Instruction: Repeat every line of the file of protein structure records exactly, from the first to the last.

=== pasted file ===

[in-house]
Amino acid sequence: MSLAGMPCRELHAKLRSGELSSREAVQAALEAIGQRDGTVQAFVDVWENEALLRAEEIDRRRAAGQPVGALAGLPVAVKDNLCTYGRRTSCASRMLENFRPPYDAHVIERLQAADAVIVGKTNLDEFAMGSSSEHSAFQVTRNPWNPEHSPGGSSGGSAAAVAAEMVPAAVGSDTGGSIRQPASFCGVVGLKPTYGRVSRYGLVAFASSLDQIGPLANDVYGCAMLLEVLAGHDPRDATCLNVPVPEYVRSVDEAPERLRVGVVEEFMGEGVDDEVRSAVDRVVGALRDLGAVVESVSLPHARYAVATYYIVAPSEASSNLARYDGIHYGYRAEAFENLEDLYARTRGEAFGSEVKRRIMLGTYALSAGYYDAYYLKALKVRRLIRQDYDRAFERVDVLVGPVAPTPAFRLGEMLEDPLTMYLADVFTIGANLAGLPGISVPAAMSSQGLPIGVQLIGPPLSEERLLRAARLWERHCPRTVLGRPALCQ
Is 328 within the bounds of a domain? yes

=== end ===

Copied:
[in-house]
Amino acid sequence: MSLAGMPCRELHAKLRSGELSSREAVQAALEAIGQRDGTVQAFVDVWENEALLRAEEIDRRRAAGQPVGALAGLPVAVKDNLCTYGRRTSCASRMLENFRPPYDAHVIERLQAADAVIVGKTNLDEFAMGSSSEHSAFQVTRNPWNPEHSPGGSSGGSAAAVAAEMVPAAVGSDTGGSIRQPASFCGVVGLKPTYGRVSRYGLVAFASSLDQIGPLANDVYGCAMLLEVLAGHDPRDATCLNVPVPEYVRSVDEAPERLRVGVVEEFMGEGVDDEVRSAVDRVVGALRDLGAVVESVSLPHARYAVATYYIVAPSEASSNLARYDGIHYGYRAEAFENLEDLYARTRGEAFGSEVKRRIMLGTYALSAGYYDAYYLKALKVRRLIRQDYDRAFERVDVLVGPVAPTPAFRLGEMLEDPLTMYLADVFTIGANLAGLPGISVPAAMSSQGLPIGVQLIGPPLSEERLLRAARLWERHCPRTVLGRPALCQ
Is 328 within the bounds of a domain? yes